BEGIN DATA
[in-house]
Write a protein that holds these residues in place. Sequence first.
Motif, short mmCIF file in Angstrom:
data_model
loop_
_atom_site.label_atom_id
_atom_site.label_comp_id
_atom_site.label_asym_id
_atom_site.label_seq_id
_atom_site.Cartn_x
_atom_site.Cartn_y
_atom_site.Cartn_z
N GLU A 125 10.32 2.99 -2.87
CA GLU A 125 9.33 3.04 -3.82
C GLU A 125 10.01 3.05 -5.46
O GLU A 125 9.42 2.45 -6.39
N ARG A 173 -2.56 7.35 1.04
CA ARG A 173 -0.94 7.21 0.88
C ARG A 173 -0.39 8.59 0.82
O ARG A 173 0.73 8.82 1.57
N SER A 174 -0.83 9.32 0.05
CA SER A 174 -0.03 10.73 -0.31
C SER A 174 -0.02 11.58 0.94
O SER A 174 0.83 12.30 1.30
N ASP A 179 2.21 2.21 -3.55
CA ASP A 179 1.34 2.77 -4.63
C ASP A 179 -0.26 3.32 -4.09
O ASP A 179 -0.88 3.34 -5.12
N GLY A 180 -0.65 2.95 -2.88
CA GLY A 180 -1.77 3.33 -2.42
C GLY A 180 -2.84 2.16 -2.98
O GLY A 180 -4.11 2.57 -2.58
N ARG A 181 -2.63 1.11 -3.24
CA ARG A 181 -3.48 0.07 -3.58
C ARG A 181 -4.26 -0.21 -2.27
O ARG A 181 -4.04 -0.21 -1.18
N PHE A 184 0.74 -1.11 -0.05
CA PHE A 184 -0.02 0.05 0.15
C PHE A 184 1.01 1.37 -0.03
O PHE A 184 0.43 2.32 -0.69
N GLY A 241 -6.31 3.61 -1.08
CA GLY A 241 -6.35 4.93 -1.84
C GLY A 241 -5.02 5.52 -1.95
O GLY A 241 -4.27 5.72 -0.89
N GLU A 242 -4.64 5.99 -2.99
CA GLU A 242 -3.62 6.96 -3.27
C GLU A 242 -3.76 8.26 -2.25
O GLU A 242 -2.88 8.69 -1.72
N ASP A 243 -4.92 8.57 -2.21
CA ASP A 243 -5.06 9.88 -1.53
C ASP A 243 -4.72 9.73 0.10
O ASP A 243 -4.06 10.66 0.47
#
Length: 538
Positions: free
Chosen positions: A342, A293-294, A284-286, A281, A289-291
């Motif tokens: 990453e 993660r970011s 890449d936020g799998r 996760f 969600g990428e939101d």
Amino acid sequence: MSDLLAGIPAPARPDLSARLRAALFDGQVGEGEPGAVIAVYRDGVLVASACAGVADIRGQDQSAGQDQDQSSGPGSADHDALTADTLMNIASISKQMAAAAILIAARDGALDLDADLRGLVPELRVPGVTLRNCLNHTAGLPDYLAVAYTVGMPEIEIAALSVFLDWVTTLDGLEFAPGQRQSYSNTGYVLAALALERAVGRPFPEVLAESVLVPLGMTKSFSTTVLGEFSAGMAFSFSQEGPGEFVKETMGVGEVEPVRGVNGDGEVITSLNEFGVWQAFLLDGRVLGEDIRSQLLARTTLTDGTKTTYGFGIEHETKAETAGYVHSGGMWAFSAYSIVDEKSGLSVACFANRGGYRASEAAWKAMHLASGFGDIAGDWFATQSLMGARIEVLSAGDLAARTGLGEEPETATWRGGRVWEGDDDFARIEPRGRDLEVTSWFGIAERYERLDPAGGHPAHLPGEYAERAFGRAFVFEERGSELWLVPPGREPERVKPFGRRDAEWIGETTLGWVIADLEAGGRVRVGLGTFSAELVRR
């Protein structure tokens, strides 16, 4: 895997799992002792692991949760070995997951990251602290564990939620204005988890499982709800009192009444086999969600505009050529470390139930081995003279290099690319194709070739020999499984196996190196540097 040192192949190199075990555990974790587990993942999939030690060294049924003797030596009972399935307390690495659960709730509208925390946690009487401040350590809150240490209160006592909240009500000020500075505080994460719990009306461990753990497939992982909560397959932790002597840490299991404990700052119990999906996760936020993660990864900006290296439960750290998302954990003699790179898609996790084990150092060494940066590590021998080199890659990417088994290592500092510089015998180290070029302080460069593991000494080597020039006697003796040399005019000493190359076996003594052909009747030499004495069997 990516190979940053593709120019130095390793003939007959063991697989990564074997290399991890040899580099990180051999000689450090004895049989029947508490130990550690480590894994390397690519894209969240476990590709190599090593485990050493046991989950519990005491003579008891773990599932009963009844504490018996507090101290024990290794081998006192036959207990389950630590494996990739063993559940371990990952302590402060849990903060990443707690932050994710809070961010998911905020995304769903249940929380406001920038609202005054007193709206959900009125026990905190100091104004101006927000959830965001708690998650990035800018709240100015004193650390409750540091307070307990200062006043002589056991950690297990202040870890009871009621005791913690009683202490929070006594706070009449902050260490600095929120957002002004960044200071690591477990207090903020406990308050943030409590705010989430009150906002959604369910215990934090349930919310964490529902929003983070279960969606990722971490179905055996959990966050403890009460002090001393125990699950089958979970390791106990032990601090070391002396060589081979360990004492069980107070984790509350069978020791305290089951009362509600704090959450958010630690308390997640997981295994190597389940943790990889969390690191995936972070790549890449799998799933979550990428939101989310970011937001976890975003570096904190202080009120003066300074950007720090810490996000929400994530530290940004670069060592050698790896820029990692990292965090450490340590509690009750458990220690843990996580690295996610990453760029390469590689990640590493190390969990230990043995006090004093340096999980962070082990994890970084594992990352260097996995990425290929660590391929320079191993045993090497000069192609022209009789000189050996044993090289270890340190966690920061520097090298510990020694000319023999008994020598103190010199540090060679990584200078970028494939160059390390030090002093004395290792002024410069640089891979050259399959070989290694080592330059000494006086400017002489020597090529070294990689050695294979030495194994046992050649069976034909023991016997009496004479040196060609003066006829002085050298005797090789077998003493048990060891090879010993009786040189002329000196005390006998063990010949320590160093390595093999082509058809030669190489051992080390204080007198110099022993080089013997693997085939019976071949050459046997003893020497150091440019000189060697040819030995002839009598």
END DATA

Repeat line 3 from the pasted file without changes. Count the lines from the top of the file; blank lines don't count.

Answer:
Motif, short mmCIF file in Angstrom: